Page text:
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Osborn waves following out-of-hospital cardiac arrest—Effect of level of temperature management and risk of arrhythmia and death

Hadziselimovic, Edina; Thomsen, Jakob Hartvig; Kjaergaard, Jesper; Køber, Lars; Graff, Claus; Pehrson, Steen LU ; Nielsen, Niklas LU ; Erlinge, David LU ; Frydland, Martin and Wiberg, Sebastian, et al. (2018) In Resuscitation 128. p.119-125
Abstract

Background: The Osborn or J-wave, an upright deflection of the J-point on the electrocardiogram (ECG), is often observed during severe hypothermia. A possible relation between Osborn waves (OW) and increased risk of ventricular arrhythmia has been reported. We sought to determine whether the level of targeted temperature management (TTM) following out-of-hospital cardiac arrest (OHCA) affects the prevalence of OW and to assess the associations between OW and risk of ventricular arrhythmia and death. Methods and results: The present study is part of the TTM-trial ECG-substudy (including OHCA-patients randomized to TTM at 33 °C vs. 36 °C from 24 of 36 sites). Serial 12-lead ECGs from 680 (94%) patients were analysed and stratified by OW... (More)

Background: The Osborn or J-wave, an upright deflection of the J-point on the electrocardiogram (ECG), is often observed during severe hypothermia. A possible relation between Osborn waves (OW) and increased risk of ventricular arrhythmia has been reported. We sought to determine whether the level of targeted temperature management (TTM) following out-of-hospital cardiac arrest (OHCA) affects the prevalence of OW and to assess the associations between OW and risk of ventricular arrhythmia and death. Methods and results: The present study is part of the TTM-trial ECG-substudy (including OHCA-patients randomized to TTM at 33 °C vs. 36 °C from 24 of 36 sites). Serial 12-lead ECGs from 680 (94%) patients were analysed and stratified by OW at predefined time-points (0, 4, 28, 36, 72-h after admission). On admission, the overall prevalence of OW was 16%, increasing to 32% at target temperature, with higher prevalence in the 33 °C-group (40% vs. 23%, p < 0.0001). No difference in prevalence was found between the 33 °C- and 36 °C-groups on admission (18% vs. 14%, p =.11) or after rewarming (13% vs. 10%, p =.44). OW were not associated with increased risk of ventricular arrhythmia (Odds ratio = 0.78 (0.51–1.20), p =.26), but associated with significantly lower 180-day mortality as compared to no OW (38% vs. 52%, plog-rank = 0.001) in univariable analyses only. Conclusion: OW are frequent during TTM, particularly in patients treated with 33 °C. OW are not associated with increased risk of ventricular arrhythmia, and may be considered a benign physiological phenomenon, associated with lower mortality in univariable analyses.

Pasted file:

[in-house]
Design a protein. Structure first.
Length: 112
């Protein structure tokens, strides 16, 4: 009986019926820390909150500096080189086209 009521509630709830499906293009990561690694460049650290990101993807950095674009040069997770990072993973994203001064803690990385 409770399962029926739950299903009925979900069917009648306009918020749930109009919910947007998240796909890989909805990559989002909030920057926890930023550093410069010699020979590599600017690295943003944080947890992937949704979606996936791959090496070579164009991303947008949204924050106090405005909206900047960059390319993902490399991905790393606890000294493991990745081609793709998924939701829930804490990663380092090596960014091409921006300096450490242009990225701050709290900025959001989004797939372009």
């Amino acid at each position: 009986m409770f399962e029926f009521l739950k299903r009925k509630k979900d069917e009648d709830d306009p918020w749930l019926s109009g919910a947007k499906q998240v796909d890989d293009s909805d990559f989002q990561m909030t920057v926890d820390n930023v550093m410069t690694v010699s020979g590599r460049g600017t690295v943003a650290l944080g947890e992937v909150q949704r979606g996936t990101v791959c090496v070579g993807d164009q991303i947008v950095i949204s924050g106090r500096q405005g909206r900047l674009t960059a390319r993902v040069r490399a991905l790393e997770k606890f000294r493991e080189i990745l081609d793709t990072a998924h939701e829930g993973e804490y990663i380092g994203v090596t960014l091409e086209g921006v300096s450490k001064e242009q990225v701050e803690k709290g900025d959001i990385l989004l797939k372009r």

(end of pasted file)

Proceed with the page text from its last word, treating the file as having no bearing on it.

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publication status
published
subject
keywords
Cardiac arrest, Cardiac arrhythmia, Hypothermia, J-waves, Osborn waves, Out-of-hospital cardiac arrest, Repolarization, Targeted temperature management, Therapeutic hypothermia, TTM, Ventricular arrhythmia